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France’s right wins big in first round of parliamentary vote

The vote solidified the fact that National Rally has moved to the mainstream.

An electoral campaign poster in Paris showing the National Rally’s Jordan Bardella and Marine Le Pen, May 21, 2019. Photo by Chesnot/Getty Images.
An electoral campaign poster in Paris showing the National Rally’s Jordan Bardella and Marine Le Pen, May 21, 2019. Photo by Chesnot/Getty Images.

France’s far-right topped the country’s first round of legislative elections on Sunday for the first time, with the National Rally, the party of Marine Le Pen, winning about one-third of the vote.

Finishing second was the left-wing coalition, New Popular Front (NFP), with 27.99% of the vote. Third was French President Emmanuel Macron’s ruling Ensemble, or “Together,” coalition with 20.76%.

The vote was a rebuke to Macron, who called the snap General Assembly elections after his party suffered a heavy defeat to National Rally in European Parliament elections on June 6-9.

The vote solidified the fact that National Rally, once considered a fringe party, has moved to the mainstream. Voters, when queried by press, frequently expressed the view that while they once found the party scary, they now no longer do.

A pre-election study by the Ipsos polling institute of a representative sample of 10,000 registered voters found that National Rally voters had “grown and diversified,” The New York Times reported.

While still strongest among the blue-collar working-class, the study found National Rally’s electoral base had “considerably widened,” improving its vote by 15 to 20 percentage points among retirees, women, the under-35 age group, high earners and big-city residents.

It signifies how far National Rally has come from when it was known as National Front and headed by Marine Le Pen’s father, Jean-Marie Le Pen, who was convicted of Holocaust denial. His daughter expelled him from the party in 2015.

She then raised her protégé, Jordan Bardella, 28, charismatic and telegenic, to president of the party.

“Marine Le Pen’s smartest move was to appoint Bardella as No. 2 if not as co-leader,” Michel Gurfinkiel, a French author, journalist and public intellectual, told JNS.

“He is young, sweet, nice looking and personifies perfectly the transformation of the old National Front into the National Rally: a principled conservative party, rather than as a far-right party,” he said.

“Regarding Jewish matters, Bardella has been making strong pro-Israel and pro-Jewish statements from October 7 on, and dropping the last worrying aspects of his earlier platform, like a plan to restrict or ban shechita [ritual kosher slaughter],” Gurfinkiel added.

“I guess he knows this is what his constituency now demands. Growing numbers of French Jews think he is not an enemy, but rather an ally against the pro-Hamas Left and a Macron that banned 74 Israeli firms at the Eurosatory World Armament Fair, thus paving the way to BDS,” he added.

The party has endeavored to reach out to Jewish voters. In a June 22 op-ed in Le Figaro, Marine Le Pen, in the wake of the rape of a Jewish girl, excoriated the far-left and Macron’s party for allowing antisemitism to fester in France.

“The latest act to date, the appalling rape of this 12-year-old girl, because she is Jewish, stirs my heart and should revolt the whole of France,” Le Pen wrote.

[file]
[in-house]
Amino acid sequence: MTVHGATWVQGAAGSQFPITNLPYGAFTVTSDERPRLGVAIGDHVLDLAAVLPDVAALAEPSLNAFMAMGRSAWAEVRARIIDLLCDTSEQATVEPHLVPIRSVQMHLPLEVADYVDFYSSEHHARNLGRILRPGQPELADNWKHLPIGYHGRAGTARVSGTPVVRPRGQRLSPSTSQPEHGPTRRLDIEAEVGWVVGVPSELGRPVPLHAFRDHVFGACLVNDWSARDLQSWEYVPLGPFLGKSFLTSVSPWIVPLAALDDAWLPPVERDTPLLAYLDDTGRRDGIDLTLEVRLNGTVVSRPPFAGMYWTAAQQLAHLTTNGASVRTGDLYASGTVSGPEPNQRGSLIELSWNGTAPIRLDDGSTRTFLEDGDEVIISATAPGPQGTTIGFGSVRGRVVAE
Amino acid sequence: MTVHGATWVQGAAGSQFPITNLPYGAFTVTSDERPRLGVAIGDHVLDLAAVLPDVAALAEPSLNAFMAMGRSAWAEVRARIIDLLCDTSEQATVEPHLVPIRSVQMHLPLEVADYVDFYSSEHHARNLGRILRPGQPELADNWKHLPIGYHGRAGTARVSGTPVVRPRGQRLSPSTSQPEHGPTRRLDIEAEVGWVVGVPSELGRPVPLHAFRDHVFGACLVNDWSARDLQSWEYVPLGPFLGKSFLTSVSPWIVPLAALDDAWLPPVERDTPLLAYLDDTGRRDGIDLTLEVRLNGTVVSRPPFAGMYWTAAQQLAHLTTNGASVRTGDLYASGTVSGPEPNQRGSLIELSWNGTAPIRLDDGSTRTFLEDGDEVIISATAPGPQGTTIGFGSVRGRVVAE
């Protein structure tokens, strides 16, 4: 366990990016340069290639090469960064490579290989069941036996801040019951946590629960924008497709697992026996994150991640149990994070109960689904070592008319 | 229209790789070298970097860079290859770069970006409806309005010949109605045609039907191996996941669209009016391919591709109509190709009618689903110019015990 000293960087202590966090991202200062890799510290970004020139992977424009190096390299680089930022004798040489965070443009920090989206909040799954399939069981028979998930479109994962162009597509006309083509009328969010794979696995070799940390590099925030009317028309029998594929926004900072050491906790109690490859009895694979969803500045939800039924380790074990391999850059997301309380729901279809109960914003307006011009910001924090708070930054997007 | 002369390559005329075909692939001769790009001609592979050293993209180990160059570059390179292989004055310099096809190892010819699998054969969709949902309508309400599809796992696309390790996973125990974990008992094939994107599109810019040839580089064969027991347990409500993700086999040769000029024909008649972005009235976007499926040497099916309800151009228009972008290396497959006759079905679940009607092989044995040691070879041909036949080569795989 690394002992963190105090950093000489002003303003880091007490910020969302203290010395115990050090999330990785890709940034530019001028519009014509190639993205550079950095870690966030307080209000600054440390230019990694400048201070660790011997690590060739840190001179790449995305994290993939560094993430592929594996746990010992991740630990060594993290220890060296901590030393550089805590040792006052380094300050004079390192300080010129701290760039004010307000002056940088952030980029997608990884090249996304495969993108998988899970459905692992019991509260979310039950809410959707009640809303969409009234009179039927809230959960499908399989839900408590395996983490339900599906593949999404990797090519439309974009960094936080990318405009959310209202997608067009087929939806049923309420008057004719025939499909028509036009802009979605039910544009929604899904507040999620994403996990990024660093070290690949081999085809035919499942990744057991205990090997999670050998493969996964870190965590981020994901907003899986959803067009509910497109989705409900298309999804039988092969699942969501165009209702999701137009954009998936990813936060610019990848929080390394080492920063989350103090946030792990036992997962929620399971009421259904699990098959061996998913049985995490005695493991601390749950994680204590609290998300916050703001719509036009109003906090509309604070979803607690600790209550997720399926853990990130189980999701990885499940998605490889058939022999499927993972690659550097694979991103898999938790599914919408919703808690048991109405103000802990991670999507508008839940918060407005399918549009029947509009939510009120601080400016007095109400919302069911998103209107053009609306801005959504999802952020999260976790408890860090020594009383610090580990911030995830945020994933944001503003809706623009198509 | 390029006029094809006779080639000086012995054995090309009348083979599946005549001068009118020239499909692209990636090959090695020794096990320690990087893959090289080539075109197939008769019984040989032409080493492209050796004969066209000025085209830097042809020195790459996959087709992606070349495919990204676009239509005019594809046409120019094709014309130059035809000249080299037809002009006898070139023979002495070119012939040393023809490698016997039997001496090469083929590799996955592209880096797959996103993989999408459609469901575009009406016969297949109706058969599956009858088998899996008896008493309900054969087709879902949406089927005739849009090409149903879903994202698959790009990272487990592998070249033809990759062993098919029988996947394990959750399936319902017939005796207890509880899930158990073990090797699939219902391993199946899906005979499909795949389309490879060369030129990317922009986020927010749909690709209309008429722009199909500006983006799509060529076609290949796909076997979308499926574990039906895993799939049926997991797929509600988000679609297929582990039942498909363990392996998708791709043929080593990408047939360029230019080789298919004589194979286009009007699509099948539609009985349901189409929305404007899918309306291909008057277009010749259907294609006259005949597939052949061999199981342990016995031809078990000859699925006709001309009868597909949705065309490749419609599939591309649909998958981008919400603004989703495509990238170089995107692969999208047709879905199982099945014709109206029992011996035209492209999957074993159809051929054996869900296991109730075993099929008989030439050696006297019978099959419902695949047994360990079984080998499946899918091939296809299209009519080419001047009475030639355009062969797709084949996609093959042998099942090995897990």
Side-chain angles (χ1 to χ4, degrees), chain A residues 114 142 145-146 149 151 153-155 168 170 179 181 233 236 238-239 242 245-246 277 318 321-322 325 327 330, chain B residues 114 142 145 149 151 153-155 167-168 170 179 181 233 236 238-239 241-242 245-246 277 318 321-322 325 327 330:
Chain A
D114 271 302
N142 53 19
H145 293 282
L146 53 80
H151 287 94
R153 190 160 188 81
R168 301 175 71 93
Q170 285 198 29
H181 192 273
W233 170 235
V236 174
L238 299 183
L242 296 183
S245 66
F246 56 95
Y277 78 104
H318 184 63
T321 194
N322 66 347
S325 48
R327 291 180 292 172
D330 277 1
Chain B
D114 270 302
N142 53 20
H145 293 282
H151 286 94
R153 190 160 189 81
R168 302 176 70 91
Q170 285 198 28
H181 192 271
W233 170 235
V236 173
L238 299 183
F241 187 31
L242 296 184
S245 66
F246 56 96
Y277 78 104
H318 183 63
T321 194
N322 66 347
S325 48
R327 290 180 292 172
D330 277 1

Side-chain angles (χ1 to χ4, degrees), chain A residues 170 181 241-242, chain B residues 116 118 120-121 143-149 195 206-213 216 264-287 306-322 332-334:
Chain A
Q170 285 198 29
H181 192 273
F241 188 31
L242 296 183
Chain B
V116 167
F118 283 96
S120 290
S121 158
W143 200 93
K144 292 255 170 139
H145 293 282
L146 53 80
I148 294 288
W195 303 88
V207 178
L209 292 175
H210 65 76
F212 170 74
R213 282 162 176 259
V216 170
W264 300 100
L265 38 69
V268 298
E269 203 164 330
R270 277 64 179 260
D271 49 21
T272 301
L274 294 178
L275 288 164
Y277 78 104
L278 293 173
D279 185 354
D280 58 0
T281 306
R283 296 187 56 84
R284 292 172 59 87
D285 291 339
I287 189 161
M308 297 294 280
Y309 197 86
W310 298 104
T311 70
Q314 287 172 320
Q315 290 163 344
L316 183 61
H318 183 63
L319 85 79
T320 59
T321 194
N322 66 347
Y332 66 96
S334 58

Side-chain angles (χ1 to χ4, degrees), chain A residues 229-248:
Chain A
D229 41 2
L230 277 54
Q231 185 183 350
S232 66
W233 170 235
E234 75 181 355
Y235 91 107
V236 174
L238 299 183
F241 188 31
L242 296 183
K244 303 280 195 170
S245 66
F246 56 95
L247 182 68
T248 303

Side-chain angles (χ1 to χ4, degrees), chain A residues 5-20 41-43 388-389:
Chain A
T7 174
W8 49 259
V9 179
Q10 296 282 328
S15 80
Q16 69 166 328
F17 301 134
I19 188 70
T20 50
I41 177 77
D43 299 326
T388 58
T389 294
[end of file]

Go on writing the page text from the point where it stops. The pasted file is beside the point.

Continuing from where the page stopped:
An attack on the Jews of France is an attack on all French, she said. “By attacking a part of us, they are attacking us! Let us never doubt it.”

Le Pen also rejected accusations of antisemitism by her detractors. “Never, ever, have I tolerated in my movement the slightest compromise with antisemitic or revisionist ideas.

“With my friends, at the head of the NR, with Jordan, we have always been very clear about our condemnation of antisemitic hatred, the rewriting or trivialization of the history of the Shoah,” she wrote.

Even with the strong showing in the first round of voting, it is unclear if National Rally will emerge with an absolute majority (289 seats) in the National Assembly, which would allow it to form a stable government.

Polls have varied, showing National Rally garnering between 230 and 310 seats in the 577-seat National Assembly after the second round to be held on July 7.

If the National Rally does win an absolute majority, Bardella will become prime minister, appoint a Cabinet and take charge of domestic affairs. (Macron has promised to serve out his presidential term until 2027 even in that event.)

However, Bardella has said he will not take the prime ministerial position unless he has an absolute majority.

“I will be neither powerless nor an aide to the president of the Republic,” he told Le Parisien before the election. “To govern, I need an absolute majority.”

Bardella may have been acknowledging the difficulty that his party would have forming a coalition. Despite the French electorate’s changing attitudes, most parties continue to shun National Rally as a fringe, far-right political movement.

“Who can believe that we will be able to change the daily lives of the French by cohabiting with a plurality? Nobody can,” Bardella said. “I say to the people of France: to try us out, we need an absolute majority.”

(“Cohabitation” refers to a situation where the president and the parliamentary majority are from different political parties.)

If National Rally doesn’t win an absolute majority and Bardella holds true to his word, Macron would be forced to form ad hoc majorities to get legislation passed, something he has done since the 2022 General Assembly election, when his party lost its absolute majority.

But in the face of a powerful National Rally, Macron’s position would be far weaker.

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